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#189069 - 02/02/10 06:52 AM Re: Cannas [Re: Mit]
Faldage Offline
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If the term is used as in "that Hobbit's feet are covered in curly hair similar to that on their head is canon" then I would say it is definition 5 with the added fillip of that rhetorical device, whose name I do not remember, where a thing is referred to by the name of the thing of which it is a part, as in "Washington announced today that ..." where Washington refers to a spokesman for some branch of the federal government. On the other hand, it could just be a shortening of the adjective canonical, in which case it would still be from definition 5 extended to include things other than the body of written works of a brick and mortar author.

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#189070 - 02/02/10 08:04 AM Re: Cannas [Re: Faldage]
zmjezhd Offline
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Metonymy or pars pro toto?
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#189089 - 02/03/10 06:53 AM Re: Cannas [Re: zmjezhd]
Faldage Offline
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Metonymy was the first thing to spring to my mind but it seems that's more the other way around. I couldn't find a term for totus pro parte in the Forest.

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#189092 - 02/03/10 10:20 AM Re: Cannas [Re: Faldage]
tsuwm Online   confused
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synecdoche
[L. a. Gk synekdoche] /suh NEK duh kee/ (rhymes with Schenectady* : )
a figure by which a more comprehensive term is used for a less comprehensive or vice versa; as whole for part or part for whole, genus for species or species for genus, etc. (compare metonymy) [wwftd]

*see the movie, Synecdoche, New York (2008)

edit: bemused by the definitions? this probly won't help..
wikilink


Edited by tsuwm (02/03/10 10:28 AM)

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#189096 - 02/04/10 06:58 AM Re: Cannas [Re: tsuwm]
Faldage Offline
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I looked up synecdoche and thought there was something wrong with it. Turns out it was just my old trick of not reading all the way through. Synecdoche works both ways. Surely there must be a word that only means 'the whole for a part'.

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#189097 - 02/04/10 07:00 AM Re: Cannas [Re: Faldage]
zmjezhd Offline
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#189098 - 02/04/10 09:11 AM Re: Cannas [Re: zmjezhd]
BranShea Offline
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Pars pro totum is one thing. "the crew consisted of 200 heads" makes a sound example.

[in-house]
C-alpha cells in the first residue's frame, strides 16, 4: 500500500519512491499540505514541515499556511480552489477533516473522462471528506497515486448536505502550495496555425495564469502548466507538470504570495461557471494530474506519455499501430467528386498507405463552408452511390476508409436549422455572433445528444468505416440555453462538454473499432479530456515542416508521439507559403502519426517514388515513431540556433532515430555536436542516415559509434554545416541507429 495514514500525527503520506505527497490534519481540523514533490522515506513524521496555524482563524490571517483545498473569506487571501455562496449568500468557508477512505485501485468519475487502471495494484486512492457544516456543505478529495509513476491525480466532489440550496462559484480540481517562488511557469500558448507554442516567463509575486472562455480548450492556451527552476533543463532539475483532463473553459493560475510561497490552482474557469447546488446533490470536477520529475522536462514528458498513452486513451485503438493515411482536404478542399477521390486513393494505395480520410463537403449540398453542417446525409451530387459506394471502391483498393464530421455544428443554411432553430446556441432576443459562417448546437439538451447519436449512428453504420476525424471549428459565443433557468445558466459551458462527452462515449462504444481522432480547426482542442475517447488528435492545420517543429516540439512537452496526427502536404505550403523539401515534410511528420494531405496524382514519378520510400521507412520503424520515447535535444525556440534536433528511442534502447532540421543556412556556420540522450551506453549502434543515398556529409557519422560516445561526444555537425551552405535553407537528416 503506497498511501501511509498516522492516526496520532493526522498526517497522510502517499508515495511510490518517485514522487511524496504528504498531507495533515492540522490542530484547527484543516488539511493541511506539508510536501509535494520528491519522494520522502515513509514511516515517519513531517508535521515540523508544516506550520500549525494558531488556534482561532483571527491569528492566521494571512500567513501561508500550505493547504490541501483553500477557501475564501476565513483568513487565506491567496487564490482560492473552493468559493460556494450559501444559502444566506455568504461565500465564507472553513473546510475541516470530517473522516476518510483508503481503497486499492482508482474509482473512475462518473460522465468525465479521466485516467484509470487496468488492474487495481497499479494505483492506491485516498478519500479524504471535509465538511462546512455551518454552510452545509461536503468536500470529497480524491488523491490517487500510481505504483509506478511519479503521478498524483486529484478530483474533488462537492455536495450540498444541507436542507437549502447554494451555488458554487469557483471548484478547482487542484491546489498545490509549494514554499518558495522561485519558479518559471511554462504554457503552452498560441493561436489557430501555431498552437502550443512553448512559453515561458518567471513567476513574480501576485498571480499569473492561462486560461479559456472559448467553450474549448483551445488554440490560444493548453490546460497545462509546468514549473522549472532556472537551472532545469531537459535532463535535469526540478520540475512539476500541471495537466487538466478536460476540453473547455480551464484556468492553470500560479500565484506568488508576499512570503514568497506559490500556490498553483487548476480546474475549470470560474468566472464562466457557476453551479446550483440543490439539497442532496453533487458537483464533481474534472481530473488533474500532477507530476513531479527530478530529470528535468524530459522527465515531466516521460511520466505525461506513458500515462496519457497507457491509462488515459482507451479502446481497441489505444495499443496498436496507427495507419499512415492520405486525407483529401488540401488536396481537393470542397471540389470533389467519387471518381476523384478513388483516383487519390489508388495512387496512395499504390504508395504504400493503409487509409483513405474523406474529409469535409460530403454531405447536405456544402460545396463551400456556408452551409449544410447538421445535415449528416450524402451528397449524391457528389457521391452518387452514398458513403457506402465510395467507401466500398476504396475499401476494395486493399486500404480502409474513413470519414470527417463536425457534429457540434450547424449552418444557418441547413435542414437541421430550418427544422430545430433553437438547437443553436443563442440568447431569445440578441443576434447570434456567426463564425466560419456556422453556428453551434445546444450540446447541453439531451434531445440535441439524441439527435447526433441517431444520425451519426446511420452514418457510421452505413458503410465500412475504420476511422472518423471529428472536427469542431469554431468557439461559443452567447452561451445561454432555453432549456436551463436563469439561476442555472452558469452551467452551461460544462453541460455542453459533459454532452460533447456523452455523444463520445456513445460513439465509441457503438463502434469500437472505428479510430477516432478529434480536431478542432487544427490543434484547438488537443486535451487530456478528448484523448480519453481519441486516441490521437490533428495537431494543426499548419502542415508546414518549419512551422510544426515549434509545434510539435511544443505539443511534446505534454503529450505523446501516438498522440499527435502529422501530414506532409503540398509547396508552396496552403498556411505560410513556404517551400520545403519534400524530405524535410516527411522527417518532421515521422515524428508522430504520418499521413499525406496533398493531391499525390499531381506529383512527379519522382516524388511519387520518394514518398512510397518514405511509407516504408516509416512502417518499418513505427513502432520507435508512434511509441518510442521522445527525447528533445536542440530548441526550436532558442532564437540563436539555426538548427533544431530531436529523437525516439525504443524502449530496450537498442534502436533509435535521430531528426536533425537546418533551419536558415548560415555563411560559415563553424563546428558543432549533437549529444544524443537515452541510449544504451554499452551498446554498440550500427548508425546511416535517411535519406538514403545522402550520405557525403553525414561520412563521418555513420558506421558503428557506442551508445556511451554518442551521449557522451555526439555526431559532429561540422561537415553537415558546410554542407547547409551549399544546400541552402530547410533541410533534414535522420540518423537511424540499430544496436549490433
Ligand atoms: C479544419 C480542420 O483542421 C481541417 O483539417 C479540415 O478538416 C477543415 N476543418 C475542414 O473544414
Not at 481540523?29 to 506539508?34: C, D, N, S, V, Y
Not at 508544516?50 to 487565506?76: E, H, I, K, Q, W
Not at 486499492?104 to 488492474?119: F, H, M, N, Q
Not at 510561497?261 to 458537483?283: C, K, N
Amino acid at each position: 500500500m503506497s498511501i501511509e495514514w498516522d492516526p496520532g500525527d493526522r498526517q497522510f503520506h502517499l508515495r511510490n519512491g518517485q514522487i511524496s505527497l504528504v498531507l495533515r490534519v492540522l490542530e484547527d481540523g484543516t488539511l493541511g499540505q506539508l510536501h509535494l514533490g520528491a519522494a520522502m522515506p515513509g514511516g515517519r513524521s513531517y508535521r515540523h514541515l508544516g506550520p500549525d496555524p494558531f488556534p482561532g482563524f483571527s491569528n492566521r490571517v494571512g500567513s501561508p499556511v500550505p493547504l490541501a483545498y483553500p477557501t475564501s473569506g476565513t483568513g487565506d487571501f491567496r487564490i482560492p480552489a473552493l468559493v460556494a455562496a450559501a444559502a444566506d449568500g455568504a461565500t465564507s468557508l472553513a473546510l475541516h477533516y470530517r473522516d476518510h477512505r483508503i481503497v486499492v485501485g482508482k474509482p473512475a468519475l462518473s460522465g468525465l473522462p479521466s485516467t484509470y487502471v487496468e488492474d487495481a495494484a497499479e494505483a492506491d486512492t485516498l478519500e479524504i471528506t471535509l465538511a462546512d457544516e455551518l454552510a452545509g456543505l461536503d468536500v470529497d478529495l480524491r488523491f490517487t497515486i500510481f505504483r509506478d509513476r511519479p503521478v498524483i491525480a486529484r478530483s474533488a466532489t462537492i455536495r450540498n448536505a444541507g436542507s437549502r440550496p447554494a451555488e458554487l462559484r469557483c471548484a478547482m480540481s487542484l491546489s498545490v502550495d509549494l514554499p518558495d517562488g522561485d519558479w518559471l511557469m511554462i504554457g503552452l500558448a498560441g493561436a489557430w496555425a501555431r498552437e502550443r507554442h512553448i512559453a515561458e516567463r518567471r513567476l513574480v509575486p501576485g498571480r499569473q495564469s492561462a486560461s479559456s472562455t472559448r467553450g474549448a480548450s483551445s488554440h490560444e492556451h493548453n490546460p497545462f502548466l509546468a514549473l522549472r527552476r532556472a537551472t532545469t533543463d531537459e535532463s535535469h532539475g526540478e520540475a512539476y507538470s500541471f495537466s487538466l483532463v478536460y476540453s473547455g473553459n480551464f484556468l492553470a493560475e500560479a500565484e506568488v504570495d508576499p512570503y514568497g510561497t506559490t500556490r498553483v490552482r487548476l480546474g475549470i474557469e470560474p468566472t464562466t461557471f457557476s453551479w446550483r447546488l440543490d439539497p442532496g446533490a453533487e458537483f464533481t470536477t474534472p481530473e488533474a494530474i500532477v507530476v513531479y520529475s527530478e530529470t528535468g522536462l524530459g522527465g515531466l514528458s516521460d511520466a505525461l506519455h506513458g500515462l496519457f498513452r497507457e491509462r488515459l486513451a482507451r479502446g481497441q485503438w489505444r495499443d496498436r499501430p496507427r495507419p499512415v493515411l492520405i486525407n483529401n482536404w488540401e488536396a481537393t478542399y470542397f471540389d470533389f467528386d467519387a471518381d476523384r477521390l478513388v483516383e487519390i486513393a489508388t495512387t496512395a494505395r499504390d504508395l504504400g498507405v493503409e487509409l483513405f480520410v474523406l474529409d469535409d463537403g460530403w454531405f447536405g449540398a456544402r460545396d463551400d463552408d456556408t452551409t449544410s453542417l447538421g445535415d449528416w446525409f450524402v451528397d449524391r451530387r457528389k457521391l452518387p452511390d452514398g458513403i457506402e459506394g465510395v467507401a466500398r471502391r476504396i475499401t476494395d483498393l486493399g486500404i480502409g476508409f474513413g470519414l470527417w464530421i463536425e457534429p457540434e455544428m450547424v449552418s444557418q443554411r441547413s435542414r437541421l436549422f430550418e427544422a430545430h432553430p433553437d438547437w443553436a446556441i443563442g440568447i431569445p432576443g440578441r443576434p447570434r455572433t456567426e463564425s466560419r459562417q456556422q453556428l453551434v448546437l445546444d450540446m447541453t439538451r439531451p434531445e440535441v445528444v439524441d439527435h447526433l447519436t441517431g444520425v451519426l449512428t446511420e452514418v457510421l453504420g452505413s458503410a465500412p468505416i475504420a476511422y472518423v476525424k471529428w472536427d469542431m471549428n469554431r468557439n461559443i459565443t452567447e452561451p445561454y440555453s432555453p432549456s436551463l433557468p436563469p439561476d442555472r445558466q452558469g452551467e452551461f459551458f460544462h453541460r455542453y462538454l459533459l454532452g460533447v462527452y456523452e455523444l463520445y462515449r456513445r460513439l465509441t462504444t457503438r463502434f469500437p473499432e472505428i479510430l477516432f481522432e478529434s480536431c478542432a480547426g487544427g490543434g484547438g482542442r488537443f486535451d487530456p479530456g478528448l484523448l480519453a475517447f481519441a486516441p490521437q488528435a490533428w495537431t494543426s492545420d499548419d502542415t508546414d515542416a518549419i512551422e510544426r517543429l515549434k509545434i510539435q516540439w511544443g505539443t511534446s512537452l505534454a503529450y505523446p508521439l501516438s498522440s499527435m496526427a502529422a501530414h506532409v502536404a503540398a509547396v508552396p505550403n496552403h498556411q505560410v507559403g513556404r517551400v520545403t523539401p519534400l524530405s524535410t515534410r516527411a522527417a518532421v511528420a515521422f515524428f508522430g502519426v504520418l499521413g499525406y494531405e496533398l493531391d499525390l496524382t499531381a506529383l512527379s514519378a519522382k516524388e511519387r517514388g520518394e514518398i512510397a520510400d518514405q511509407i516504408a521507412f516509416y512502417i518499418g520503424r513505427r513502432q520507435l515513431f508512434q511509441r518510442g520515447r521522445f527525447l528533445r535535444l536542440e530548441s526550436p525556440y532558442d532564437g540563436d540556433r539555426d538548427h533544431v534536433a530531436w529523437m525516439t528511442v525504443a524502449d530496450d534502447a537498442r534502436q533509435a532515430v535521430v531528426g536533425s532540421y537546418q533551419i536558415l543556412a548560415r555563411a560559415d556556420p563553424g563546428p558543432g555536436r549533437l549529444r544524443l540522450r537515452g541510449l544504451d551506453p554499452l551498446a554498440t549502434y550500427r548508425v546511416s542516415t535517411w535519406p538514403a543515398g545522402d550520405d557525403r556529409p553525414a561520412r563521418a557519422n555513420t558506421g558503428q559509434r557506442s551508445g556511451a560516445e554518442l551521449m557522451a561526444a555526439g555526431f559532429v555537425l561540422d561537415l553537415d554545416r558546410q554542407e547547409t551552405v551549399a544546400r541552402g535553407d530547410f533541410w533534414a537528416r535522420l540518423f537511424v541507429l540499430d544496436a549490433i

The examples for totum pro parte are really a little weak in this article, it seems to me. Nobody says: "I go for two weeks to the Republic of Ireland". Just: "I go for two weeks to Ireland". " The Republic of Ireland", can that be seen as a whole and Ireland as a part? I don't get it.

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#189105 - 02/04/10 08:06 PM Re: Cannas [Re: BranShea]
Faldage Offline
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Originally Posted By: BranShea
" The Republic of Ireland", can that be seen as a whole and Ireland as a part? I don't get it.


It's the other way around. They're giving examples of a larger geographical unit being used for a subset of that larger unit. Ireland includes Northern Ireland, a part of the UK, on the one hand and The Republic of Ireland on the other.

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#189450 - 02/22/10 03:41 PM Re: Cannas [Re: Faldage]
beck123 Offline
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Registered: 02/22/10
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Synecdoche works both ways: "all hands on board" and "Detroit beat Dallas last week" are both examples of synecdoche. There may be a rhetorical device that addresses just one or the other, but I'm not aware of such a thing. Of course, there may be phrases that express the idea of one or the other, but I don't believe these phrases are "official" rhetorical devices.

Earlier, someone wrote that Hindi must have borrowed the word (=canon) from English. More likely, they are both descended from the same proto-Indoeuropean language, as was William Conrad.
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#189453 - 02/22/10 04:19 PM Re: Cannas [Re: beck123]
zmjezhd Offline
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someone wrote that Hindi must have borrowed the word (=canon) from English. More likely, they are both descended from the same proto-Indoeuropean language, as was William Conrad.

Not likely, words that begin with a c in Latin (canna 'tube') or a k in Greek (kanōn 'rule') do not correspond to words in Indic (Hindi and Sanskrit) beginning in k; cf. for instance Latin centum with Sanskrit śatem '100'. The name Conrad is Germanic, and there an initial k does not correspond with initial Latin c; cf. canis 'dog' and hound.
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